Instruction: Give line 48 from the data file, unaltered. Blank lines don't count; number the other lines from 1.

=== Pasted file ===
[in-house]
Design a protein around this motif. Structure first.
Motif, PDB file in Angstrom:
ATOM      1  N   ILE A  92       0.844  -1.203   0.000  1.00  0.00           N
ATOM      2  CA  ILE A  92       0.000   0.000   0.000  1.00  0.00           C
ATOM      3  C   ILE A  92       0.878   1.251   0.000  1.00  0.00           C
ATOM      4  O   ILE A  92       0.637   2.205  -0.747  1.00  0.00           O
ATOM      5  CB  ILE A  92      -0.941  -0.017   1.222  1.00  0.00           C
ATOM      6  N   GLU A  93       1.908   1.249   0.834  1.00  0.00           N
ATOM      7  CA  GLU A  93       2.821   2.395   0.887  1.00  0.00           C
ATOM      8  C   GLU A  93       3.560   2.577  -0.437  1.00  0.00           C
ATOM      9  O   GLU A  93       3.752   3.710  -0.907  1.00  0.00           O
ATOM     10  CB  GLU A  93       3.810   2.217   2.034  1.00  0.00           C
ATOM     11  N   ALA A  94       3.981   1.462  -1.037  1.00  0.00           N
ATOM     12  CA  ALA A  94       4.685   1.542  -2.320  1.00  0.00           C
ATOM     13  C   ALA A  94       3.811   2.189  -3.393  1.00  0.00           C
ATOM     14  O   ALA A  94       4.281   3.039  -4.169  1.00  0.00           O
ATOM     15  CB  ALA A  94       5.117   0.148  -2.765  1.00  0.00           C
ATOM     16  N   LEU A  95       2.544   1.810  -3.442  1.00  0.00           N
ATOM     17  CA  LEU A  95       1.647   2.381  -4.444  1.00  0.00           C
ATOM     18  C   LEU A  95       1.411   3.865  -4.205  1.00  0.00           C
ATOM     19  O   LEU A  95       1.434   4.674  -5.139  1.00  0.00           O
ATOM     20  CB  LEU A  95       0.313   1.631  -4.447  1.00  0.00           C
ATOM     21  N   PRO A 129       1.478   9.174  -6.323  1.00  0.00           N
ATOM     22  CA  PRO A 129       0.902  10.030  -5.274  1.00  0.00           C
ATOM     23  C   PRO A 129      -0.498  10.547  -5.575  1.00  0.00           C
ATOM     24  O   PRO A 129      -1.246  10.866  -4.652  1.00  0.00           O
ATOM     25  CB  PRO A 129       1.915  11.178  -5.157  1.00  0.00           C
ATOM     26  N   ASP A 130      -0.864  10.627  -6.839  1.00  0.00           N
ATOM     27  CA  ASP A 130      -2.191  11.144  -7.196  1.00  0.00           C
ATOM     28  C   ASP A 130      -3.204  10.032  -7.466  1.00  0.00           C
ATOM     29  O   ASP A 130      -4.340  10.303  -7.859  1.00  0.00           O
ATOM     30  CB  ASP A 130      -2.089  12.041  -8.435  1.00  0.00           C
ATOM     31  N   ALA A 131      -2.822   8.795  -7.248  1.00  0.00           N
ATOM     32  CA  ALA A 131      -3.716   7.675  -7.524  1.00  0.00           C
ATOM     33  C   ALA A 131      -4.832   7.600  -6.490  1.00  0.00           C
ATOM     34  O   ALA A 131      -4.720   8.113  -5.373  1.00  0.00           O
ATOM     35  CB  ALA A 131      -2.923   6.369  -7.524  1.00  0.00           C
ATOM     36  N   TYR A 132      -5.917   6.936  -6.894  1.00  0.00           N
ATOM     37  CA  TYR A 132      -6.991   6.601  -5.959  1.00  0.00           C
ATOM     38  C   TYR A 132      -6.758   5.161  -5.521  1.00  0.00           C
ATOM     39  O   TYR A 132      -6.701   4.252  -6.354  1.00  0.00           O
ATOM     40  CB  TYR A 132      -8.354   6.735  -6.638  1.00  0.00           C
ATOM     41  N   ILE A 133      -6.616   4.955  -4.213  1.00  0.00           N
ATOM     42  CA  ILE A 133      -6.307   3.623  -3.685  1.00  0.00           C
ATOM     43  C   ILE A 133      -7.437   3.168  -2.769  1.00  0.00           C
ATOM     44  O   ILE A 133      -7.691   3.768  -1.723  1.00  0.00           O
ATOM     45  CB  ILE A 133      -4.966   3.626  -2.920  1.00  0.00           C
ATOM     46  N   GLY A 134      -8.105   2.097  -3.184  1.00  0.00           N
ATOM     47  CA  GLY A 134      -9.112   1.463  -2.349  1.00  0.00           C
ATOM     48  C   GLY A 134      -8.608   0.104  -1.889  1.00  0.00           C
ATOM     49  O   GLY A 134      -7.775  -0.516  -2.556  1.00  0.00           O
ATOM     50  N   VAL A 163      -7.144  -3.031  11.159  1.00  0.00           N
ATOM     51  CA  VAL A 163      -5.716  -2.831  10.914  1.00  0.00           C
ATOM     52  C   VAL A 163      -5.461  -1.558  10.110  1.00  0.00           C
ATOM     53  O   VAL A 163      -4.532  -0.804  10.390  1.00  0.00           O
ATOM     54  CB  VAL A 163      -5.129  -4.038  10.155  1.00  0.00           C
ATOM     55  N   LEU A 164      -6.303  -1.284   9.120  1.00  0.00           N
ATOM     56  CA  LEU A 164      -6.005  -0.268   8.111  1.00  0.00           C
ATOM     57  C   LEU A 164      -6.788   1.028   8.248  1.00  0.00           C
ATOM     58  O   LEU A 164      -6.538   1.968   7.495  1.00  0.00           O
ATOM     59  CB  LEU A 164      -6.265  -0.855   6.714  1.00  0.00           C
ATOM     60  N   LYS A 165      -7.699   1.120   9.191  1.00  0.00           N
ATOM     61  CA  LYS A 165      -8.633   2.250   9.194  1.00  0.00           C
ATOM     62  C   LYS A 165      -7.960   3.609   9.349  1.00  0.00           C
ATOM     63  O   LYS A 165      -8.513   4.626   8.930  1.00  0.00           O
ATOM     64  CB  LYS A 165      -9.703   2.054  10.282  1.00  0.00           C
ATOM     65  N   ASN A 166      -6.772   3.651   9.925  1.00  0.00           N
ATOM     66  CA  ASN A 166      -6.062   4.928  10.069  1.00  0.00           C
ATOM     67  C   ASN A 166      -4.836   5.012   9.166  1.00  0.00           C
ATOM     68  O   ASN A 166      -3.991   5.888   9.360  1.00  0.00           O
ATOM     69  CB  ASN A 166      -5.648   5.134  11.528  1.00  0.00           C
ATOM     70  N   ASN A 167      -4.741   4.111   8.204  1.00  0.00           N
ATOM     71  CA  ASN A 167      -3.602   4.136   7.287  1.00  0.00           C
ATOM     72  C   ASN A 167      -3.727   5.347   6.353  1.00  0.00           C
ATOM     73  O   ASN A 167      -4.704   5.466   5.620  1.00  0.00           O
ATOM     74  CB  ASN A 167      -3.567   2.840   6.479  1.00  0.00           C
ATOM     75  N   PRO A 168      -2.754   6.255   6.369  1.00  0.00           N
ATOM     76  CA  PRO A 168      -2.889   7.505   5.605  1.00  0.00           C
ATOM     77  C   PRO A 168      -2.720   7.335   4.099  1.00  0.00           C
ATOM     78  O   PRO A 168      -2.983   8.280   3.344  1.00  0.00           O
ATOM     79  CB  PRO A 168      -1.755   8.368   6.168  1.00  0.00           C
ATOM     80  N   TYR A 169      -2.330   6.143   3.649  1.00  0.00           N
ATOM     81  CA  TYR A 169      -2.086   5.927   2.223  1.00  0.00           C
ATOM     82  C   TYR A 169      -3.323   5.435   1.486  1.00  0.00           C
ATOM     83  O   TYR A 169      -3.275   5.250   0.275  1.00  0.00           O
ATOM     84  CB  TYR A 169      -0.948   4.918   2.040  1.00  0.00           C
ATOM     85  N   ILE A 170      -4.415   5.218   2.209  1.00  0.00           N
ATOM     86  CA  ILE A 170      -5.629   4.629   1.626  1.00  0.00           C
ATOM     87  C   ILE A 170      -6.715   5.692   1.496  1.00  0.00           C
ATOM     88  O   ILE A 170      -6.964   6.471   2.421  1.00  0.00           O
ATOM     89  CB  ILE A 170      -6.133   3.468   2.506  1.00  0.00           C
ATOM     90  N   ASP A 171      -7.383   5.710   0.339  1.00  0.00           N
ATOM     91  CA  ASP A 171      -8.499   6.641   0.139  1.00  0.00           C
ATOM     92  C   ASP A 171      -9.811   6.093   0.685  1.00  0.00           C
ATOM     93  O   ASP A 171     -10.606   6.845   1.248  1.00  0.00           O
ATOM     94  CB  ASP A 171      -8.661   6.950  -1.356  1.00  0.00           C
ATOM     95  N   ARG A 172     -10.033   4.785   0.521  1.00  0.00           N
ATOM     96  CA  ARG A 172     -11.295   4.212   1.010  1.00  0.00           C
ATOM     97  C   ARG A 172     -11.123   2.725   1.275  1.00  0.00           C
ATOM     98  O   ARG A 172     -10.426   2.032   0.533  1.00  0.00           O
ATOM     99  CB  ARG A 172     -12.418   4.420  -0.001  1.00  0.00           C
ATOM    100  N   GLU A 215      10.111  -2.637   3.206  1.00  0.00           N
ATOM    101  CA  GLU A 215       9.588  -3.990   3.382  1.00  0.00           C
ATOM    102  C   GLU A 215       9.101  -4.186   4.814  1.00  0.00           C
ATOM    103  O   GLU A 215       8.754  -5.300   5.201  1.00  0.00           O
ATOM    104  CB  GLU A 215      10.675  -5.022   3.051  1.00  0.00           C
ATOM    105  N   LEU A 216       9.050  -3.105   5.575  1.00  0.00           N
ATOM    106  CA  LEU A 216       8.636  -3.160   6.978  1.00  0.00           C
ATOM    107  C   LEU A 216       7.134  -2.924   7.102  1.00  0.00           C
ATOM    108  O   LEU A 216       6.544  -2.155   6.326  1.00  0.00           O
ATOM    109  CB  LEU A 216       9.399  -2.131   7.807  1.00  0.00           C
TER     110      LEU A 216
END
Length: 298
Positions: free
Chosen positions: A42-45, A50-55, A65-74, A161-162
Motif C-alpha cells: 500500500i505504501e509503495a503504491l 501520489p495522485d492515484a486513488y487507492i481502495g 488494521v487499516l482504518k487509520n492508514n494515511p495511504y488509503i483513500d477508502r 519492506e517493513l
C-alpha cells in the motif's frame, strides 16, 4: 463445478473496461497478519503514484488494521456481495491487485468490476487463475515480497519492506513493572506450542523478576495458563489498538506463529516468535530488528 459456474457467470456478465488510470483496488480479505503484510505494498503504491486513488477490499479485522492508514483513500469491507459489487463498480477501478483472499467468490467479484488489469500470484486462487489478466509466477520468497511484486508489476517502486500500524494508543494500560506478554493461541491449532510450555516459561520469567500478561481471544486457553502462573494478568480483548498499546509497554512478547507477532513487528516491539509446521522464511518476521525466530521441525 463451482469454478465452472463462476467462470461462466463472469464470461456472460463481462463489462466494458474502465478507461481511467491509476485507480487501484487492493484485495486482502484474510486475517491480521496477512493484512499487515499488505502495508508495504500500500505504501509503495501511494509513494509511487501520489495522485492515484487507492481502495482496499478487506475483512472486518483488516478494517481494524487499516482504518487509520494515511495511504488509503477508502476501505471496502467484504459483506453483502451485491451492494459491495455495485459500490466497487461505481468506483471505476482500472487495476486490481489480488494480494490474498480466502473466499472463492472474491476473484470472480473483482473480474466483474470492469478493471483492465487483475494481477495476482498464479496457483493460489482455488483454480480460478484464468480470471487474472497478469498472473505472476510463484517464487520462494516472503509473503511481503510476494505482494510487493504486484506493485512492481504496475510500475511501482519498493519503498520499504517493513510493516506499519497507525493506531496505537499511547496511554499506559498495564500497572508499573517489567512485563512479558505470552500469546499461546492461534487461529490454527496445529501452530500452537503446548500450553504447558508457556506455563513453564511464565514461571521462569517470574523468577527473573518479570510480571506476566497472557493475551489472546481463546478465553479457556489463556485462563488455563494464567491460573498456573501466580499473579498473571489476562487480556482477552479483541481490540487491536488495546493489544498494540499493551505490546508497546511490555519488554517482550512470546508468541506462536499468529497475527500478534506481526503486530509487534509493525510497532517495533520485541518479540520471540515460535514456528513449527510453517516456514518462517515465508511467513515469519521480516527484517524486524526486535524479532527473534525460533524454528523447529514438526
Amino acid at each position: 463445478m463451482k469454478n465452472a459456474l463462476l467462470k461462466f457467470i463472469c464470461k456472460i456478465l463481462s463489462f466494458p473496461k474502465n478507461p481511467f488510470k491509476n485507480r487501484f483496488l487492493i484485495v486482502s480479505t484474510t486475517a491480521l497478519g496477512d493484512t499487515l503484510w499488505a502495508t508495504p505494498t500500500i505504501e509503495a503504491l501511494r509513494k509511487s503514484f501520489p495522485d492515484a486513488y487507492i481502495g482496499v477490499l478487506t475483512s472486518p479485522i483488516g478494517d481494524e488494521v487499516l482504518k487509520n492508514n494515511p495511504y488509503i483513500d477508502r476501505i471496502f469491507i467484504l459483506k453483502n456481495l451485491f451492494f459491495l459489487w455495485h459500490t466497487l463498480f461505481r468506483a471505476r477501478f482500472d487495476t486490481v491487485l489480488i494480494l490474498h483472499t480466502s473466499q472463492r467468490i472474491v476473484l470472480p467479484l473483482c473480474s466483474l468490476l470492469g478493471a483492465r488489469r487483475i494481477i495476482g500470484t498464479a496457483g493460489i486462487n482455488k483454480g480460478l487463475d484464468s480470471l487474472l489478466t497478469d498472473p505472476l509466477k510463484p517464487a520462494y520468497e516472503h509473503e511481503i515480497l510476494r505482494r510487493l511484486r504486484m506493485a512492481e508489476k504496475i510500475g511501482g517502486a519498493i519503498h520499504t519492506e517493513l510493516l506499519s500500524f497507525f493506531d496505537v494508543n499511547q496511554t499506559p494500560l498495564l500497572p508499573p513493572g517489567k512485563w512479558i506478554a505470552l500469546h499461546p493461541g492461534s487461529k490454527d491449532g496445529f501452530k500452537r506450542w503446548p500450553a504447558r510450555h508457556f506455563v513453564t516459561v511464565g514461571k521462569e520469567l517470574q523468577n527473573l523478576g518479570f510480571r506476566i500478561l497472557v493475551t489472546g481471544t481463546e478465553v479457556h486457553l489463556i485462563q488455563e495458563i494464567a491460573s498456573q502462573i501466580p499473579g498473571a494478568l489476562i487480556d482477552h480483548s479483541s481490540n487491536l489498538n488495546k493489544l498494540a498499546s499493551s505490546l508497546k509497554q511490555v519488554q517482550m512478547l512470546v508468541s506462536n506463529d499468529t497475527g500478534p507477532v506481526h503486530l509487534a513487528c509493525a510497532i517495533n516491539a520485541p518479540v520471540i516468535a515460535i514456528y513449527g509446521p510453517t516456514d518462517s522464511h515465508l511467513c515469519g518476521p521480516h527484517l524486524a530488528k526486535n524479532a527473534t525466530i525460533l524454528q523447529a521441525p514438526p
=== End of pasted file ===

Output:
ATOM     45  CB  ILE A 133      -4.966   3.626  -2.920  1.00  0.00           C